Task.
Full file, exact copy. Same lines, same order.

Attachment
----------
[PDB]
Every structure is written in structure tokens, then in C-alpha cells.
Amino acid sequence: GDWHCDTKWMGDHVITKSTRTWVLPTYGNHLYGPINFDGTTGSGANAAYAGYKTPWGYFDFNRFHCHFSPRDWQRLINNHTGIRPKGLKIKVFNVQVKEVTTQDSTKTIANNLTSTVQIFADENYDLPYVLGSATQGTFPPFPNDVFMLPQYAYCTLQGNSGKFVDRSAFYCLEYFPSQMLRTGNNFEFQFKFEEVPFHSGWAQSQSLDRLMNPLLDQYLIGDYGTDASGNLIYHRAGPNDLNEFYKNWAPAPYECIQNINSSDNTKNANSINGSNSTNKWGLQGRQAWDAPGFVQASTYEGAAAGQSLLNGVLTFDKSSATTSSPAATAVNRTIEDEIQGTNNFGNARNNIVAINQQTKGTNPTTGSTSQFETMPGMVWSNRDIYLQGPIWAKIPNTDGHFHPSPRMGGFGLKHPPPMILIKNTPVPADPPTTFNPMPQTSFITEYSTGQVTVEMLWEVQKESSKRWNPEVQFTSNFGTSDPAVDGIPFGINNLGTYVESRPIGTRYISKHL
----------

[PDB]
Every structure is written in structure tokens, then in C-alpha cells.
Amino acid sequence: GDWHCDTKWMGDHVITKSTRTWVLPTYGNHLYGPINFDGTTGSGANAAYAGYKTPWGYFDFNRFHCHFSPRDWQRLINNHTGIRPKGLKIKVFNVQVKEVTTQDSTKTIANNLTSTVQIFADENYDLPYVLGSATQGTFPPFPNDVFMLPQYAYCTLQGNSGKFVDRSAFYCLEYFPSQMLRTGNNFEFQFKFEEVPFHSGWAQSQSLDRLMNPLLDQYLIGDYGTDASGNLIYHRAGPNDLNEFYKNWAPAPYECIQNINSSDNTKNANSINGSNSTNKWGLQGRQAWDAPGFVQASTYEGAAAGQSLLNGVLTFDKSSATTSSPAATAVNRTIEDEIQGTNNFGNARNNIVAINQQTKGTNPTTGSTSQFETMPGMVWSNRDIYLQGPIWAKIPNTDGHFHPSPRMGGFGLKHPPPMILIKNTPVPADPPTTFNPMPQTSFITEYSTGQVTVEMLWEVQKESSKRWNPEVQFTSNFGTSDPAVDGIPFGINNLGTYVESRPIGTRYISKHL